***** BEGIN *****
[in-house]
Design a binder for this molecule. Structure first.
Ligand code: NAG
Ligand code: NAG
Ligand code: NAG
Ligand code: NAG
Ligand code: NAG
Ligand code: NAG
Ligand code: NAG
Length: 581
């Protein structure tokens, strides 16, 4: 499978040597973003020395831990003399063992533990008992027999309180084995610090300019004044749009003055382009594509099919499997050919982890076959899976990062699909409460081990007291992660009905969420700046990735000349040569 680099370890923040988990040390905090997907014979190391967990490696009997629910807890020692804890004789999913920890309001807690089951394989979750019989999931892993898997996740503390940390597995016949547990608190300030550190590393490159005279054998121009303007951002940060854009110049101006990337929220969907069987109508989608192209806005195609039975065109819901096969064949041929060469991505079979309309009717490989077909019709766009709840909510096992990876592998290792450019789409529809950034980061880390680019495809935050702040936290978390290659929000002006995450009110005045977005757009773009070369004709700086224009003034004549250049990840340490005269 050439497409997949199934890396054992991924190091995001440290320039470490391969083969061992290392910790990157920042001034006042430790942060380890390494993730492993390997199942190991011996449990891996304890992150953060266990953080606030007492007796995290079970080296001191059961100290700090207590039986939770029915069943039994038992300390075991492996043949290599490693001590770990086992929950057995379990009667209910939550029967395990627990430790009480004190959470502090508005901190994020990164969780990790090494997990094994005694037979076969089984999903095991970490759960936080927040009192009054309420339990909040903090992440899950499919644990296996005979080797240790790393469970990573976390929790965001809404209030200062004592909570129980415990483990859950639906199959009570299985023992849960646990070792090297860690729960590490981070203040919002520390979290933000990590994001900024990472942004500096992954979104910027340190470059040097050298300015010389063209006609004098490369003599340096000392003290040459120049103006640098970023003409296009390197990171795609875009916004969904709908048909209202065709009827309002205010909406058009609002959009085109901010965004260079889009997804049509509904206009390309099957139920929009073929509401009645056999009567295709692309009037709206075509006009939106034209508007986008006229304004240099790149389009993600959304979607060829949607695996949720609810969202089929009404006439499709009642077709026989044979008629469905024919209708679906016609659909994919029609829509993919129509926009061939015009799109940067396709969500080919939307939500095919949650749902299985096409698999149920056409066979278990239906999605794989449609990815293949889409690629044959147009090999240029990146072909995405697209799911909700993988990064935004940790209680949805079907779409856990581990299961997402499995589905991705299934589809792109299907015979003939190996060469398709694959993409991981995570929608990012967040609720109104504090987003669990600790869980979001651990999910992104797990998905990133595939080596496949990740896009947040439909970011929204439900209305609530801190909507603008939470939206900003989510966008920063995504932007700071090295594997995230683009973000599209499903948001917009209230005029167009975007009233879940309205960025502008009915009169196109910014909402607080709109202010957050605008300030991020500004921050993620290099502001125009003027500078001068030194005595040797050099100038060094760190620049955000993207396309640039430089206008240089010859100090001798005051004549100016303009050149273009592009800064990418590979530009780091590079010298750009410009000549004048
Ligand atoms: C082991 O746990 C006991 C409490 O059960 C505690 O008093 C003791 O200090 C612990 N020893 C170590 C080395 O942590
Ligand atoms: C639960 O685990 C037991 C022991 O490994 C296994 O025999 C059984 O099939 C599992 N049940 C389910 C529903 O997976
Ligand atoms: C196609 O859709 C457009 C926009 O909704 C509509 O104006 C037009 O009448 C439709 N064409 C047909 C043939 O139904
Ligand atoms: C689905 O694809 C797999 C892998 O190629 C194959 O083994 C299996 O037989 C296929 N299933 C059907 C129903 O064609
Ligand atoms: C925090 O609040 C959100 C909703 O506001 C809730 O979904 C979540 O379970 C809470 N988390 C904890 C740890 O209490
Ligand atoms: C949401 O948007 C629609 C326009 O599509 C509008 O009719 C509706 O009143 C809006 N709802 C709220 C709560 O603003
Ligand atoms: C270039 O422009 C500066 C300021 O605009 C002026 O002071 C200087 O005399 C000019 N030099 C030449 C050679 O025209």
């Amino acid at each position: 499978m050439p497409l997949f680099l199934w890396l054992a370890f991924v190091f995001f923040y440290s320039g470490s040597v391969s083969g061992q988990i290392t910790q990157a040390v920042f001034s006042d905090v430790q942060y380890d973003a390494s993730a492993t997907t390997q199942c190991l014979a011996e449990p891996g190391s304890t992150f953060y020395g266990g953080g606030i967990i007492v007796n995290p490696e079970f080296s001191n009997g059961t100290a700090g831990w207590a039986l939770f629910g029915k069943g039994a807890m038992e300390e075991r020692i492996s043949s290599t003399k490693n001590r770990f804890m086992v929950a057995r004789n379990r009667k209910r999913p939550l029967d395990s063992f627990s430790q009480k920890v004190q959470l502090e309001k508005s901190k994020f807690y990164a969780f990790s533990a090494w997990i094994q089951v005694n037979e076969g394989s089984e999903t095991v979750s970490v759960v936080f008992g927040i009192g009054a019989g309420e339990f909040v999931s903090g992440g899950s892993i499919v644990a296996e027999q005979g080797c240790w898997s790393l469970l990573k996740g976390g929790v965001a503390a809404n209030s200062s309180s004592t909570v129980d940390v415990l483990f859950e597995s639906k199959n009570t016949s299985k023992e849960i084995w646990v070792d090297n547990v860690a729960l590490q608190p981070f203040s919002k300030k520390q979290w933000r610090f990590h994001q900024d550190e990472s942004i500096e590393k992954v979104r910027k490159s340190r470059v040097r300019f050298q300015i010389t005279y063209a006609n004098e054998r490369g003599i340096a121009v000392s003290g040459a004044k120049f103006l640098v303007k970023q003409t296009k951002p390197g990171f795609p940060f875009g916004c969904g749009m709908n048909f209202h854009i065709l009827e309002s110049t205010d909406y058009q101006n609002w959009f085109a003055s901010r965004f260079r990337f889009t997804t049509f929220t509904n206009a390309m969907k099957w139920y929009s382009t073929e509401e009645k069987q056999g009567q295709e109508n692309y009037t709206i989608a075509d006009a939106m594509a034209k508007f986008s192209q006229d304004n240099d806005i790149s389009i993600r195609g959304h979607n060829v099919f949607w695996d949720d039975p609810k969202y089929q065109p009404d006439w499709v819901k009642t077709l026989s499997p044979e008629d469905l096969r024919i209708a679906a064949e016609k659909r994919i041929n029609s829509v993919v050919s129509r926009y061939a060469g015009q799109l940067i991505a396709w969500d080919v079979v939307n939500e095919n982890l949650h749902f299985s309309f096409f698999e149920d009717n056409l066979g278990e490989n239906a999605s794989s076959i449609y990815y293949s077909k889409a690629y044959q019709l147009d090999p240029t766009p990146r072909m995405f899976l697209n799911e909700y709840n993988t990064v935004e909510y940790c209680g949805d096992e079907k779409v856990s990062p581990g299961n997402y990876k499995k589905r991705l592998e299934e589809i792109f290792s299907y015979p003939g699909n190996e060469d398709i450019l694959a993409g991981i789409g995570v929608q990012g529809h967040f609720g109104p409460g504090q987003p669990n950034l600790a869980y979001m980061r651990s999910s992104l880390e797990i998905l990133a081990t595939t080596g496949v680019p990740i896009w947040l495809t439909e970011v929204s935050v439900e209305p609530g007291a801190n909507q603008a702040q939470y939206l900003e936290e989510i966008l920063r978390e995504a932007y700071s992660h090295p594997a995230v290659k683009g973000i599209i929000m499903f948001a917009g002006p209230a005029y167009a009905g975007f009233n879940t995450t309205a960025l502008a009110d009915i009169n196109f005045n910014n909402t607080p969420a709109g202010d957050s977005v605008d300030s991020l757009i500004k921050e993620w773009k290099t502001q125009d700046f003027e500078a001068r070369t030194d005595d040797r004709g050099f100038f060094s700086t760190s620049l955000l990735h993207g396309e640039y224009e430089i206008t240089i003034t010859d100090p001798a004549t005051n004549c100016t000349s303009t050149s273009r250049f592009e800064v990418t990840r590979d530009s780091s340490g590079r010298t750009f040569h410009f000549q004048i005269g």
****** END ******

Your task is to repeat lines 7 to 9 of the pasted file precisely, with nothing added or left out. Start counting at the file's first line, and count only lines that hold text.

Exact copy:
Ligand code: NAG
Ligand code: NAG
Ligand code: NAG